Politics and economy are inseparable. If politics is on the right track, the economy will get a definite lift. Similarly, if the economy is in disarray, politics will also suffer, and fundamental support base will be in tatters.
The Malaysian Institute of Economic Research (MIER) has maintained its projection of 4.2 per cent growth in the country's real gross domestic product (GDP) this year as the external sector remained sluggish.
Malaysians are concerned about the rising cost of living and would like a reduction in income tax and more efforts to curb crime and enhance the delivery of affordable housing schemes, according to a survey by iProperty.com Malaysia.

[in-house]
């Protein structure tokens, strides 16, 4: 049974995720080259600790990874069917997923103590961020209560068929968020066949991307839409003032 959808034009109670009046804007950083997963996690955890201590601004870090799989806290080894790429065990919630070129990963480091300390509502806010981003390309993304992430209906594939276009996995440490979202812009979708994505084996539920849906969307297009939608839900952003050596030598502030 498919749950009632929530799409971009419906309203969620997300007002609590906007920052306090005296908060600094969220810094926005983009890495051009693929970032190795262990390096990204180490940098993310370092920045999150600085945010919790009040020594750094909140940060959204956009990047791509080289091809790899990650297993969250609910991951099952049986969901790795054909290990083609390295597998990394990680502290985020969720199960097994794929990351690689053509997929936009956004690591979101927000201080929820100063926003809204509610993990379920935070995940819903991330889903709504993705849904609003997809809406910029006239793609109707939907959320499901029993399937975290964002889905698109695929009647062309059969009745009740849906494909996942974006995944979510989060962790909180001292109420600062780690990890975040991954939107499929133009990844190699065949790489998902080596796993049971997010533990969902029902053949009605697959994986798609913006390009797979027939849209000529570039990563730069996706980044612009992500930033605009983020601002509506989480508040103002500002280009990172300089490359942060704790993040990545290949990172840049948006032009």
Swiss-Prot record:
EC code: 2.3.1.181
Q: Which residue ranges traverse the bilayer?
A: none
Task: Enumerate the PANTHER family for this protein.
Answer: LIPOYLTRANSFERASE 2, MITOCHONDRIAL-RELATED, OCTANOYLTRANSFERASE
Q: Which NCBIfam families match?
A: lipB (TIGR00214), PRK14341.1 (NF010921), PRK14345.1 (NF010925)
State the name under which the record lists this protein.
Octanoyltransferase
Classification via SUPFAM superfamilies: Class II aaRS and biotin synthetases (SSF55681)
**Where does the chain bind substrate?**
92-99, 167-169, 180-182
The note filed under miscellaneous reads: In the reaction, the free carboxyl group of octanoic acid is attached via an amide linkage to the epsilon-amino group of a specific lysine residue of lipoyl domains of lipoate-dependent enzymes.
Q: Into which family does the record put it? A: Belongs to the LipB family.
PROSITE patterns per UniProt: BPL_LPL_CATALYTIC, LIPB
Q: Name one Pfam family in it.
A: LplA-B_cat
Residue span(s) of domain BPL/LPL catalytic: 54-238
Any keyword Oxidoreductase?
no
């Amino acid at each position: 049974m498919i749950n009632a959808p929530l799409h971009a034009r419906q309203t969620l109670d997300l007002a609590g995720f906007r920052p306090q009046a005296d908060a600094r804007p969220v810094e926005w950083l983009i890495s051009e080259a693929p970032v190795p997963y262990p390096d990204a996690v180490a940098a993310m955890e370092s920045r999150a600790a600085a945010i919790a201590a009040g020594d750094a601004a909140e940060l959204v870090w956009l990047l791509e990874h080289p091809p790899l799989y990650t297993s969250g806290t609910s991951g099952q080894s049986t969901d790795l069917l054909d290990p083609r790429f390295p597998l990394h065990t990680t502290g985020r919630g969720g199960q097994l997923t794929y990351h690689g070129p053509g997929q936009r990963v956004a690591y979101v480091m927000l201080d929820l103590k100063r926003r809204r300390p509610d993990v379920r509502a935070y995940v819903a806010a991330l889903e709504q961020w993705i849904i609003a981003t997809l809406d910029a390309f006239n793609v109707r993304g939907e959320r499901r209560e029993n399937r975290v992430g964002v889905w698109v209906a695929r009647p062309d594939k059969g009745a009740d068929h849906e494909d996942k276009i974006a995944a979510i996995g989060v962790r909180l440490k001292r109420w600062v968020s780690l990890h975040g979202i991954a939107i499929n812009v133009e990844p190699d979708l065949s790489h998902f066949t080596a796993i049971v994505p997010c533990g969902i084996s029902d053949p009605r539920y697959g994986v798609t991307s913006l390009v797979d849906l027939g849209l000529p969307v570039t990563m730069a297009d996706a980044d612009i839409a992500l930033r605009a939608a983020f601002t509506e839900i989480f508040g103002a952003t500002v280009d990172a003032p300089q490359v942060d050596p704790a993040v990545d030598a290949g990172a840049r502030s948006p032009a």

The 2017 Budget, which will be presented in Parliament on Friday, will cover measures to strengthen and move forward the Malaysian economy to face the global slowdown, says Prime Minister Datuk Seri Najib Tun Razak.
The National ICT Association of Malaysia (Pikom) has expressed the hope that the government would improve the affordability and availability of information and communications technology (ICT) goods and services in the 2017 Budget, saying this would benefit the public.